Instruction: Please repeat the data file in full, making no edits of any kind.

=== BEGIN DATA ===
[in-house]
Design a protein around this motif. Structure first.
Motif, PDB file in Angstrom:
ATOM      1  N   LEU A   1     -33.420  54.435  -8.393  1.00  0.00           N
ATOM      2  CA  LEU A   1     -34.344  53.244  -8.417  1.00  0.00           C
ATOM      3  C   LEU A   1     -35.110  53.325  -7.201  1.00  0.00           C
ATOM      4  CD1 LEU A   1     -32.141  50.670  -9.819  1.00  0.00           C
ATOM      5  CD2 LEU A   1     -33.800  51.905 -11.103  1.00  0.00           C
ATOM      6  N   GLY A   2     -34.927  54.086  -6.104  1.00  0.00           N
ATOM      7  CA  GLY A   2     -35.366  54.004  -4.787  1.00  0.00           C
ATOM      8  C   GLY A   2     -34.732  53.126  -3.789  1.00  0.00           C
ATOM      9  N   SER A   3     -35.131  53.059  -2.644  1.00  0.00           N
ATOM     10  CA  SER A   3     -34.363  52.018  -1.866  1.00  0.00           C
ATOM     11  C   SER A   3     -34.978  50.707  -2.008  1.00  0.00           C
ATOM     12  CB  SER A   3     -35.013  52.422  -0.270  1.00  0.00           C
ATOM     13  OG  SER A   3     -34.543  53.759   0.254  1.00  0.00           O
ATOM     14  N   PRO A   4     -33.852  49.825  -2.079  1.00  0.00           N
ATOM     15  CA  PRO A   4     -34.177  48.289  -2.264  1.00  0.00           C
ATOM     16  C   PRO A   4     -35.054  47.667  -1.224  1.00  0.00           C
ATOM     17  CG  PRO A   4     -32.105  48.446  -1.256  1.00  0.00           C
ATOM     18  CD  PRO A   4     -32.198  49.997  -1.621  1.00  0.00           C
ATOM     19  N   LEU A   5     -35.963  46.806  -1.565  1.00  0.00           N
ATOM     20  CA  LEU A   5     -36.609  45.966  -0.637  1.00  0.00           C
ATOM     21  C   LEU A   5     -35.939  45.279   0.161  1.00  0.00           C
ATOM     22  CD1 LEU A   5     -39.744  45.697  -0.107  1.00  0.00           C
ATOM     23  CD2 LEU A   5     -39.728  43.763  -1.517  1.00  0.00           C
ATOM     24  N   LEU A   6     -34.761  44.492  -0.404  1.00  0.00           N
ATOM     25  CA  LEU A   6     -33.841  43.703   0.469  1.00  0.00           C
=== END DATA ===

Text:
[in-house]
Design a protein around this motif. Structure first.
Motif, PDB file in Angstrom:
ATOM      1  N   LEU A   1     -33.420  54.435  -8.393  1.00  0.00           N
ATOM      2  CA  LEU A   1     -34.344  53.244  -8.417  1.00  0.00           C
ATOM      3  C   LEU A   1     -35.110  53.325  -7.201  1.00  0.00           C
ATOM      4  CD1 LEU A   1     -32.141  50.670  -9.819  1.00  0.00           C
ATOM      5  CD2 LEU A   1     -33.800  51.905 -11.103  1.00  0.00           C
ATOM      6  N   GLY A   2     -34.927  54.086  -6.104  1.00  0.00           N
ATOM      7  CA  GLY A   2     -35.366  54.004  -4.787  1.00  0.00           C
ATOM      8  C   GLY A   2     -34.732  53.126  -3.789  1.00  0.00           C
ATOM      9  N   SER A   3     -35.131  53.059  -2.644  1.00  0.00           N
ATOM     10  CA  SER A   3     -34.363  52.018  -1.866  1.00  0.00           C
ATOM     11  C   SER A   3     -34.978  50.707  -2.008  1.00  0.00           C
ATOM     12  CB  SER A   3     -35.013  52.422  -0.270  1.00  0.00           C
ATOM     13  OG  SER A   3     -34.543  53.759   0.254  1.00  0.00           O
ATOM     14  N   PRO A   4     -33.852  49.825  -2.079  1.00  0.00           N
ATOM     15  CA  PRO A   4     -34.177  48.289  -2.264  1.00  0.00           C
ATOM     16  C   PRO A   4     -35.054  47.667  -1.224  1.00  0.00           C
ATOM     17  CG  PRO A   4     -32.105  48.446  -1.256  1.00  0.00           C
ATOM     18  CD  PRO A   4     -32.198  49.997  -1.621  1.00  0.00           C
ATOM     19  N   LEU A   5     -35.963  46.806  -1.565  1.00  0.00           N
ATOM     20  CA  LEU A   5     -36.609  45.966  -0.637  1.00  0.00           C
ATOM     21  C   LEU A   5     -35.939  45.279   0.161  1.00  0.00           C
ATOM     22  CD1 LEU A   5     -39.744  45.697  -0.107  1.00  0.00           C
ATOM     23  CD2 LEU A   5     -39.728  43.763  -1.517  1.00  0.00           C
ATOM     24  N   LEU A   6     -34.761  44.492  -0.404  1.00  0.00           N
ATOM     25  CA  LEU A   6     -33.841  43.703   0.469  1.00  0.00           C